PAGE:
There are environments with a need for more than a half million IOPS, but it's how those IOPS are needed that will help determine the best system for a particular data center. If the need for performance is distributed across more than a few workloads, the all-flash systems that can provide scale-out linear performance growth are ideal.
If the environment has a single workload that needs more than half a million IOPS, then the performance-focused systems are needed. As stated above, these systems can provide millions of IOPS to a single workload.
Is there room in the middle? Does a storage system exist that can meet the needs of a performance-demanding workload, yet still provide the feature-rich environment that more traditional applications require? There are several vendors that provide this class of solution. This type of system must be designed first as a performance-focused system, then have software added to it. While the addition of that software will add some latency, it will not impact most applications. These systems typically have performance to spare.
This software can be added in several ways. Some vendors provide an appliance that the performance-focused system can be connected into, allowing it to take advantage of all the features that the appliance can provide. This storage virtualization approach also allows the all-flash array to be somewhat integrated from a software services perspective.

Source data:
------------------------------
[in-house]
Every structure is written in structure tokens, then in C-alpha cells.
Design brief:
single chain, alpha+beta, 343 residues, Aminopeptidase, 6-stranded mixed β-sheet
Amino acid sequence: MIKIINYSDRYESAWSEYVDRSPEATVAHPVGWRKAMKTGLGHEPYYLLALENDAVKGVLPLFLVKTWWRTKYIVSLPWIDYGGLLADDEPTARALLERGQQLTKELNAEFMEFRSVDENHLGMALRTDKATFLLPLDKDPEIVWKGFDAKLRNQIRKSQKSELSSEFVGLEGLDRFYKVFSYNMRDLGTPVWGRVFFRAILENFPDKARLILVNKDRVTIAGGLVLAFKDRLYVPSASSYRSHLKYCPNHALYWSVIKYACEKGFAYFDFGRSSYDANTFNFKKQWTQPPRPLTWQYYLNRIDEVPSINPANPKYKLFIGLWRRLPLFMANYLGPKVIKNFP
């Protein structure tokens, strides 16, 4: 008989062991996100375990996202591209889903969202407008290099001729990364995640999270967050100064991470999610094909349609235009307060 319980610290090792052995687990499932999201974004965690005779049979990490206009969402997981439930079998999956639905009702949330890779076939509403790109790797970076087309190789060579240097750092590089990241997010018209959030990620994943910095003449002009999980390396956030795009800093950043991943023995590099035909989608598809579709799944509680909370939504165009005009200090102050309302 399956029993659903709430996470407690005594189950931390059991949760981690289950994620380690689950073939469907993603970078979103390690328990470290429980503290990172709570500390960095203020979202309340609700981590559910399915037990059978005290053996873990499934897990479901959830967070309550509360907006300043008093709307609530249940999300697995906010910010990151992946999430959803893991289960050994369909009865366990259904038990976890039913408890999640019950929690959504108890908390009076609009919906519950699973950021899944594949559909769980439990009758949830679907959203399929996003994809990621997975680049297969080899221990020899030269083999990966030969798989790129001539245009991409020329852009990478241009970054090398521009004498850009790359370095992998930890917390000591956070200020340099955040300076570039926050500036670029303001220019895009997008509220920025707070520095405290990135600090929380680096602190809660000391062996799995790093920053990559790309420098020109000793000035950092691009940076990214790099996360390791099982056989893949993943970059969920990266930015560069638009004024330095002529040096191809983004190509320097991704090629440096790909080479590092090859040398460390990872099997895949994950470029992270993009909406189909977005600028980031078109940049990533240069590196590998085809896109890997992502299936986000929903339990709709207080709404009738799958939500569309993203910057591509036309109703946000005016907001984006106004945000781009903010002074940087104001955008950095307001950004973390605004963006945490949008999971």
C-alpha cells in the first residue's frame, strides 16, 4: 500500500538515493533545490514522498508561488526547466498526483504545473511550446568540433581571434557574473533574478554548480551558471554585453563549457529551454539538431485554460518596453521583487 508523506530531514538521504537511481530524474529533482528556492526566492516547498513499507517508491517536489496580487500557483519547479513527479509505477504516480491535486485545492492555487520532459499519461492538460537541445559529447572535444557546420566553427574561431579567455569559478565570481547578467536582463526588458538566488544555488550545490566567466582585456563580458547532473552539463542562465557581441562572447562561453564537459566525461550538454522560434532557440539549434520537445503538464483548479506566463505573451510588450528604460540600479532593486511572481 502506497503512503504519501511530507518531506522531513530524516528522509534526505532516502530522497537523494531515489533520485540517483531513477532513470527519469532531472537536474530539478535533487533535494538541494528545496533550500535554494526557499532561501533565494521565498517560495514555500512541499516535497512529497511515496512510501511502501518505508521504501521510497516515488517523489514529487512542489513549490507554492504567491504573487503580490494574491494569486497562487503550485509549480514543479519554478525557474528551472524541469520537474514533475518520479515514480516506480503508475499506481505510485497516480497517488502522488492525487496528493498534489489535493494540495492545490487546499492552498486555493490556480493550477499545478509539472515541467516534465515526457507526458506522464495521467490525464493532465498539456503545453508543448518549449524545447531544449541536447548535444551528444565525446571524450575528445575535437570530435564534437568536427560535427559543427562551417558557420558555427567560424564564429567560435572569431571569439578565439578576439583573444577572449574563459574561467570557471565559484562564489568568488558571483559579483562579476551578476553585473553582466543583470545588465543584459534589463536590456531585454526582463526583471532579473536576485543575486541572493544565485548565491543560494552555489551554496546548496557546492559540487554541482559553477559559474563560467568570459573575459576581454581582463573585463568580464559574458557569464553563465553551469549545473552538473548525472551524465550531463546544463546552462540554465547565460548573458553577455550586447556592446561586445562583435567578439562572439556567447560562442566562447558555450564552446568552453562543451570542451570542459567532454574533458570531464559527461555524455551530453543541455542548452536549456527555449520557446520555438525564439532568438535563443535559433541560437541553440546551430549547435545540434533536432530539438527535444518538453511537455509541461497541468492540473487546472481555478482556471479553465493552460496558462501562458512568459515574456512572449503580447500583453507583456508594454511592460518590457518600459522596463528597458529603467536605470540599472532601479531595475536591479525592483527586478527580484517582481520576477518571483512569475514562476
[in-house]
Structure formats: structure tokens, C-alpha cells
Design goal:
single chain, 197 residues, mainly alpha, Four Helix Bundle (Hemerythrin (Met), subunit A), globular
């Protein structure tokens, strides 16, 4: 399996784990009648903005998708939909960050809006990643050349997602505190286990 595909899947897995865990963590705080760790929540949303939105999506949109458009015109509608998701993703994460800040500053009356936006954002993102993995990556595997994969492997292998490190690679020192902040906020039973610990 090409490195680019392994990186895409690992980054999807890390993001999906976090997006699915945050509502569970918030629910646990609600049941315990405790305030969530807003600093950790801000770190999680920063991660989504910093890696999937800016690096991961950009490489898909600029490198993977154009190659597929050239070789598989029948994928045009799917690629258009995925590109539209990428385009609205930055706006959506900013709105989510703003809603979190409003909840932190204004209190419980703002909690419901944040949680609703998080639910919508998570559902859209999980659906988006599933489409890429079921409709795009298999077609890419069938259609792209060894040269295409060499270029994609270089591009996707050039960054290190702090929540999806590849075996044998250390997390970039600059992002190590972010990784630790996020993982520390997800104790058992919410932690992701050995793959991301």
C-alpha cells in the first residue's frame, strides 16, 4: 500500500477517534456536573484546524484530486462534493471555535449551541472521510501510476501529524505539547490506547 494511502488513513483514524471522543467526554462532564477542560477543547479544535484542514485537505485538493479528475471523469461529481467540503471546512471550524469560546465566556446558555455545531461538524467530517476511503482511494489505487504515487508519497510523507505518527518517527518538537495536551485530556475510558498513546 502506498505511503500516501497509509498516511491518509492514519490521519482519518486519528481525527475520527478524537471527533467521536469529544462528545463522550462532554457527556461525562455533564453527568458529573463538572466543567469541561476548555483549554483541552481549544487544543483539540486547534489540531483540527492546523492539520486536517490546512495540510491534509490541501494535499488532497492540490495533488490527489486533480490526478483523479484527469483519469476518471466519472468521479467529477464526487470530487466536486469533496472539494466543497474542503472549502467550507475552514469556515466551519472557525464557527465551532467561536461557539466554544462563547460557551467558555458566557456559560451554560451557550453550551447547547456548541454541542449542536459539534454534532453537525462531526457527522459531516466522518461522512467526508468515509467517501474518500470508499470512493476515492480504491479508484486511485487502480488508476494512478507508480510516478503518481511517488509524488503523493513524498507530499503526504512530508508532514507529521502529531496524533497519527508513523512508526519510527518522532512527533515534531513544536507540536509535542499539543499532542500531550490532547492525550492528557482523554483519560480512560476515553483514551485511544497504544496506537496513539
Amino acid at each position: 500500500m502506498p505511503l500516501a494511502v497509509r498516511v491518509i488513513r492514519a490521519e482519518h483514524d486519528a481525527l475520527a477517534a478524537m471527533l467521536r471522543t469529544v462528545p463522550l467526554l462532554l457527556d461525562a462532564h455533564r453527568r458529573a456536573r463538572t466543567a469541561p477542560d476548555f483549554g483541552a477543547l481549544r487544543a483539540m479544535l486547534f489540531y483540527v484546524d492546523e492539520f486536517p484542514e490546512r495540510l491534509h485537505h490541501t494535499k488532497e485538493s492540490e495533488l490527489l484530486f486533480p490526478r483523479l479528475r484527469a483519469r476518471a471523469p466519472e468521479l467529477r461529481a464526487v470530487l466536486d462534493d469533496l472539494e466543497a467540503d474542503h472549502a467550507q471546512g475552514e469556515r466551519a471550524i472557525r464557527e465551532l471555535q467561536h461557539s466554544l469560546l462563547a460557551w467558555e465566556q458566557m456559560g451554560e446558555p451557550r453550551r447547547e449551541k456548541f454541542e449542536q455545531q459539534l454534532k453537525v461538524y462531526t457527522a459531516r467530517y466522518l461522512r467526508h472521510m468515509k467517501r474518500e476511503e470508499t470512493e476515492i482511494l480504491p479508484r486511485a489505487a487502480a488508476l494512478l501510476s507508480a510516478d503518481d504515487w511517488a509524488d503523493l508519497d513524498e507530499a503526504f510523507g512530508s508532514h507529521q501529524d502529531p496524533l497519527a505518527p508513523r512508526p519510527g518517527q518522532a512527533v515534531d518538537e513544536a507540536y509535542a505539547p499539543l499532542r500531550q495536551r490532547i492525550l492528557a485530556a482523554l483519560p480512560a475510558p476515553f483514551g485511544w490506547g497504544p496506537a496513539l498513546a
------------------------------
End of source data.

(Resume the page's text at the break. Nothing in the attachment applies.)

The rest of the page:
Other vendors have the ability to load storage software onto a co-processor within the flash array itself. This provides a tighter integration experience and saves the cost of an external appliance.
Finally, all of these hardware-focused systems could work with any of the software-defined storage solutions that are on the market today, including those converged solutions that run within the hypervisor architecture. The key, though, is to make sure that that software-defined solution can support external, shared storage (not all do).
While combining a hardware-focused solution with either an appliance or hypervisor that delivers the storage services, it's key to remember there remains one big challenge. That hardware-focused flash solution must be delivered at a price point (including software) that is in the same range as the feature-rich solutions described above. In most cases, the feature-rich solutions are still the most cost-effective, and again, 400k IOPS is more than enough for most data centers.
All-flash arrays are becoming mainstream. Many vendors in the space claim price parity with "performance-focused" hard drive arrays. These would be arrays from name-brand vendors that are using 15K RPM drives. This claim is generally true, so any data center looking to buy a performance-focused disk array should be seriously considering an all-flash array.
The choice within the all-flash segment is largely dependent on what the needs of the data center are. For most data centers, the feature-rich solutions will be all they need. But it may be worth the investigative step to confirm that and to then determine if they need a scale-up or scale-out system.